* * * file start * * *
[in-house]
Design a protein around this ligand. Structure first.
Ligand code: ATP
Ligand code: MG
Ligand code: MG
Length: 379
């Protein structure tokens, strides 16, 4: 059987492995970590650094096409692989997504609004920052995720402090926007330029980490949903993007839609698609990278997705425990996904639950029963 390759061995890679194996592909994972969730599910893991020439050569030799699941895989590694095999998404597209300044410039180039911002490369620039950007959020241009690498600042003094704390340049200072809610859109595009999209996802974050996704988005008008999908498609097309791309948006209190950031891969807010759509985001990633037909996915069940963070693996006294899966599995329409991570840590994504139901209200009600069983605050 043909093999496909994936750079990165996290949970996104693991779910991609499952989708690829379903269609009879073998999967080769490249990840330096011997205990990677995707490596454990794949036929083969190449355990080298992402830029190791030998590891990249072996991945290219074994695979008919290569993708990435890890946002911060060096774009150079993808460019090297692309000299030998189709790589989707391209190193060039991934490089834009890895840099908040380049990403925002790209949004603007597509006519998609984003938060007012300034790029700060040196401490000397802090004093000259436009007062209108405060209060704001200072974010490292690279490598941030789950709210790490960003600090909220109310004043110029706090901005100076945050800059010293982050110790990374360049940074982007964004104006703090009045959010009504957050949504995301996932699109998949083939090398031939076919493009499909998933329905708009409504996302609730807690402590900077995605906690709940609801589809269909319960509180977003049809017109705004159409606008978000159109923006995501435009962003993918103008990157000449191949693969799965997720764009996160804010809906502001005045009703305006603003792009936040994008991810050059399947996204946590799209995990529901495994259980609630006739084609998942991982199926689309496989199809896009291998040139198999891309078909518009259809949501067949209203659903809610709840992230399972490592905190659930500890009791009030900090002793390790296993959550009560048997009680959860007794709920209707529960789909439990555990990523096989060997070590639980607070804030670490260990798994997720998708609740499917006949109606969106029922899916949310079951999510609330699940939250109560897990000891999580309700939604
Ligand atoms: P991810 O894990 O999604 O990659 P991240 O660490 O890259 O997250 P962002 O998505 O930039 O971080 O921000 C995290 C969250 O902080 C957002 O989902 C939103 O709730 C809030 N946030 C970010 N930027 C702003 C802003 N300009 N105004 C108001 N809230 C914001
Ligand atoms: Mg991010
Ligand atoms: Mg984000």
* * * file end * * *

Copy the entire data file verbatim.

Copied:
[in-house]
Design a protein around this ligand. Structure first.
Ligand code: ATP
Ligand code: MG
Ligand code: MG
Length: 379
């Protein structure tokens, strides 16, 4: 059987492995970590650094096409692989997504609004920052995720402090926007330029980490949903993007839609698609990278997705425990996904639950029963 390759061995890679194996592909994972969730599910893991020439050569030799699941895989590694095999998404597209300044410039180039911002490369620039950007959020241009690498600042003094704390340049200072809610859109595009999209996802974050996704988005008008999908498609097309791309948006209190950031891969807010759509985001990633037909996915069940963070693996006294899966599995329409991570840590994504139901209200009600069983605050 043909093999496909994936750079990165996290949970996104693991779910991609499952989708690829379903269609009879073998999967080769490249990840330096011997205990990677995707490596454990794949036929083969190449355990080298992402830029190791030998590891990249072996991945290219074994695979008919290569993708990435890890946002911060060096774009150079993808460019090297692309000299030998189709790589989707391209190193060039991934490089834009890895840099908040380049990403925002790209949004603007597509006519998609984003938060007012300034790029700060040196401490000397802090004093000259436009007062209108405060209060704001200072974010490292690279490598941030789950709210790490960003600090909220109310004043110029706090901005100076945050800059010293982050110790990374360049940074982007964004104006703090009045959010009504957050949504995301996932699109998949083939090398031939076919493009499909998933329905708009409504996302609730807690402590900077995605906690709940609801589809269909319960509180977003049809017109705004159409606008978000159109923006995501435009962003993918103008990157000449191949693969799965997720764009996160804010809906502001005045009703305006603003792009936040994008991810050059399947996204946590799209995990529901495994259980609630006739084609998942991982199926689309496989199809896009291998040139198999891309078909518009259809949501067949209203659903809610709840992230399972490592905190659930500890009791009030900090002793390790296993959550009560048997009680959860007794709920209707529960789909439990555990990523096989060997070590639980607070804030670490260990798994997720998708609740499917006949109606969106029922899916949310079951999510609330699940939250109560897990000891999580309700939604
Ligand atoms: P991810 O894990 O999604 O990659 P991240 O660490 O890259 O997250 P962002 O998505 O930039 O971080 O921000 C995290 C969250 O902080 C957002 O989902 C939103 O709730 C809030 N946030 C970010 N930027 C702003 C802003 N300009 N105004 C108001 N809230 C914001
Ligand atoms: Mg991010
Ligand atoms: Mg984000």